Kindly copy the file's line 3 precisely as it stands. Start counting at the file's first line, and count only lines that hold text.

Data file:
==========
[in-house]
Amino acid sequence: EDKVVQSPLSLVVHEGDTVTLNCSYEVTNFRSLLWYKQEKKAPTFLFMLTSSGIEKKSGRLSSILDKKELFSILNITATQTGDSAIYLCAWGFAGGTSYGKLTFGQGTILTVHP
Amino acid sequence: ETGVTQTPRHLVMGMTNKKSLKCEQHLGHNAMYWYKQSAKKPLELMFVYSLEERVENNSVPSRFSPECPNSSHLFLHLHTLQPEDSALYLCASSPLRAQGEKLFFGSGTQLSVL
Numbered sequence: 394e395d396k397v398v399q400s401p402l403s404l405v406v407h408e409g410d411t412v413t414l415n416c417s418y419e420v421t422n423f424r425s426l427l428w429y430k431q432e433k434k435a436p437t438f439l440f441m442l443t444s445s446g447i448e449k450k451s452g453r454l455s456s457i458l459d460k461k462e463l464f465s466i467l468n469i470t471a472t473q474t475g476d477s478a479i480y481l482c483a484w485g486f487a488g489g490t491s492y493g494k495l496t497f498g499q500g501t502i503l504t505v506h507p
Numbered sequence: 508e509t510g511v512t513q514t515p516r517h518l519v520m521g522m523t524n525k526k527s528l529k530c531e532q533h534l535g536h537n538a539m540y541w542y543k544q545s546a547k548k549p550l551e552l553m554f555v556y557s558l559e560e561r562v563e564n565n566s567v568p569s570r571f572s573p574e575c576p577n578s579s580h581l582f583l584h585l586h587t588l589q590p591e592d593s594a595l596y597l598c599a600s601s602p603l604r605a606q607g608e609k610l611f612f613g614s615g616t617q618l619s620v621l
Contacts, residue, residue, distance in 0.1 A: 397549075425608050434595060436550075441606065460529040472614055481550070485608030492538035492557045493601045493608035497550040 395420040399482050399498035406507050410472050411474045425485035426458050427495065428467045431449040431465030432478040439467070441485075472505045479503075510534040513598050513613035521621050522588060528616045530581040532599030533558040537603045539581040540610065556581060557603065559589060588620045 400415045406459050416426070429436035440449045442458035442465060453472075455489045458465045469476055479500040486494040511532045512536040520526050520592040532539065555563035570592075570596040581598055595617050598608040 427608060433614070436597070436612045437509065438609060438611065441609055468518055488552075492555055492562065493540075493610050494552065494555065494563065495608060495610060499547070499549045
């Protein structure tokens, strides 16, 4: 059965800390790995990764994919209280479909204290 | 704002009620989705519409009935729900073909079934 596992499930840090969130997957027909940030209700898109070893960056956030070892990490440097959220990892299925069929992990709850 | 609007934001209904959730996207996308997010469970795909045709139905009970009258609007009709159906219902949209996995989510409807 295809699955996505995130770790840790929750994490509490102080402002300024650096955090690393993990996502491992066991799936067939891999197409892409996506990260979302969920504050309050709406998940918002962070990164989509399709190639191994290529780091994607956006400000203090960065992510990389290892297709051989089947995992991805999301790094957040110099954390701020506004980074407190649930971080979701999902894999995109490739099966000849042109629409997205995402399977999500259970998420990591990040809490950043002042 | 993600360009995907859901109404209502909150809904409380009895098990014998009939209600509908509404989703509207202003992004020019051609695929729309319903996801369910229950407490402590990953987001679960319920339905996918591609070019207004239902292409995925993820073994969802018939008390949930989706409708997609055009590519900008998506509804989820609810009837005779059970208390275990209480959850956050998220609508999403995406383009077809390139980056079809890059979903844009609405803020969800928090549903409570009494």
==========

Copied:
Amino acid sequence: ETGVTQTPRHLVMGMTNKKSLKCEQHLGHNAMYWYKQSAKKPLELMFVYSLEERVENNSVPSRFSPECPNSSHLFLHLHTLQPEDSALYLCASSPLRAQGEKLFFGSGTQLSVL